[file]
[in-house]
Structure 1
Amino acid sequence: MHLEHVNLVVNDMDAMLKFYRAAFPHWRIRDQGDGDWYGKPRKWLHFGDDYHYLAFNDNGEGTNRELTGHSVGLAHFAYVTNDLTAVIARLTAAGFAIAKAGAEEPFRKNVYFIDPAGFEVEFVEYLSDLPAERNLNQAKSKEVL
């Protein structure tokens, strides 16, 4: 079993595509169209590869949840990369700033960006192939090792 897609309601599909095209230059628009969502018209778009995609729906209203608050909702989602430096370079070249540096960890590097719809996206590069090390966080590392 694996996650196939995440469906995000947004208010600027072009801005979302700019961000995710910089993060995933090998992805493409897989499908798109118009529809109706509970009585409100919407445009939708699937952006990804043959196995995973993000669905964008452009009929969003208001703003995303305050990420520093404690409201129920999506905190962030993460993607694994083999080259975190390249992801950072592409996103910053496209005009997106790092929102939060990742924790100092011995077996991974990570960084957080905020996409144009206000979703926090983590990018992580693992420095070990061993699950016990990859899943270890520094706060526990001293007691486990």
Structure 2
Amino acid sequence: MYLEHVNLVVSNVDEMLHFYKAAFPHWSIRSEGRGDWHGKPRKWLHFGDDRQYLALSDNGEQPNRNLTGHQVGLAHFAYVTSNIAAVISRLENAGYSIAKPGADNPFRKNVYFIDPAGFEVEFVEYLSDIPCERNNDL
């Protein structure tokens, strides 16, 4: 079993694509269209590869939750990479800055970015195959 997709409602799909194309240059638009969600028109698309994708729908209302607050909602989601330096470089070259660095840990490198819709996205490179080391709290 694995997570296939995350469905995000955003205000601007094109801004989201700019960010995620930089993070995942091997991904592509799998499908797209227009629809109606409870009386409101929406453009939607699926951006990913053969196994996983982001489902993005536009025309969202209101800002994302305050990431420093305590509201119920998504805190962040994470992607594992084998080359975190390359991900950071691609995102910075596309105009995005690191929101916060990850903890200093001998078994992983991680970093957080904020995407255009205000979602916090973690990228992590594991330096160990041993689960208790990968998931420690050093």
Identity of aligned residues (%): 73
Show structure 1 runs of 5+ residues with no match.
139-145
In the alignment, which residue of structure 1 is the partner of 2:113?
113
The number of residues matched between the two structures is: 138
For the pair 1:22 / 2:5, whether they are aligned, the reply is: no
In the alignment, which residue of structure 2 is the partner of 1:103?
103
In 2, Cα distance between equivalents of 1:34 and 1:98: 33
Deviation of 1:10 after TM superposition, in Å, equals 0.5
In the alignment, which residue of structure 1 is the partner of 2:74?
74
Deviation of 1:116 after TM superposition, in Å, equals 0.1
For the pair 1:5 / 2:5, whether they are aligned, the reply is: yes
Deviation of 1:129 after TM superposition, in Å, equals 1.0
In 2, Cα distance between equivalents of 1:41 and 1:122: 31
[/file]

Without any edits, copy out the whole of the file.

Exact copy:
[in-house]
Structure 1
Amino acid sequence: MHLEHVNLVVNDMDAMLKFYRAAFPHWRIRDQGDGDWYGKPRKWLHFGDDYHYLAFNDNGEGTNRELTGHSVGLAHFAYVTNDLTAVIARLTAAGFAIAKAGAEEPFRKNVYFIDPAGFEVEFVEYLSDLPAERNLNQAKSKEVL
């Protein structure tokens, strides 16, 4: 079993595509169209590869949840990369700033960006192939090792 897609309601599909095209230059628009969502018209778009995609729906209203608050909702989602430096370079070249540096960890590097719809996206590069090390966080590392 694996996650196939995440469906995000947004208010600027072009801005979302700019961000995710910089993060995933090998992805493409897989499908798109118009529809109706509970009585409100919407445009939708699937952006990804043959196995995973993000669905964008452009009929969003208001703003995303305050990420520093404690409201129920999506905190962030993460993607694994083999080259975190390249992801950072592409996103910053496209005009997106790092929102939060990742924790100092011995077996991974990570960084957080905020996409144009206000979703926090983590990018992580693992420095070990061993699950016990990859899943270890520094706060526990001293007691486990």
Structure 2
Amino acid sequence: MYLEHVNLVVSNVDEMLHFYKAAFPHWSIRSEGRGDWHGKPRKWLHFGDDRQYLALSDNGEQPNRNLTGHQVGLAHFAYVTSNIAAVISRLENAGYSIAKPGADNPFRKNVYFIDPAGFEVEFVEYLSDIPCERNNDL
């Protein structure tokens, strides 16, 4: 079993694509269209590869939750990479800055970015195959 997709409602799909194309240059638009969600028109698309994708729908209302607050909602989601330096470089070259660095840990490198819709996205490179080391709290 694995997570296939995350469905995000955003205000601007094109801004989201700019960010995620930089993070995942091997991904592509799998499908797209227009629809109606409870009386409101929406453009939607699926951006990913053969196994996983982001489902993005536009025309969202209101800002994302305050990431420093305590509201119920998504805190962040994470992607594992084998080359975190390359991900950071691609995102910075596309105009995005690191929101916060990850903890200093001998078994992983991680970093957080904020995407255009205000979602916090973690990228992590594991330096160990041993689960208790990968998931420690050093």
Identity of aligned residues (%): 73
Show structure 1 runs of 5+ residues with no match.
139-145
In the alignment, which residue of structure 1 is the partner of 2:113?
113
The number of residues matched between the two structures is: 138
For the pair 1:22 / 2:5, whether they are aligned, the reply is: no
In the alignment, which residue of structure 2 is the partner of 1:103?
103
In 2, Cα distance between equivalents of 1:34 and 1:98: 33
Deviation of 1:10 after TM superposition, in Å, equals 0.5
In the alignment, which residue of structure 1 is the partner of 2:74?
74
Deviation of 1:116 after TM superposition, in Å, equals 0.1
For the pair 1:5 / 2:5, whether they are aligned, the reply is: yes
Deviation of 1:129 after TM superposition, in Å, equals 1.0
In 2, Cα distance between equivalents of 1:41 and 1:122: 31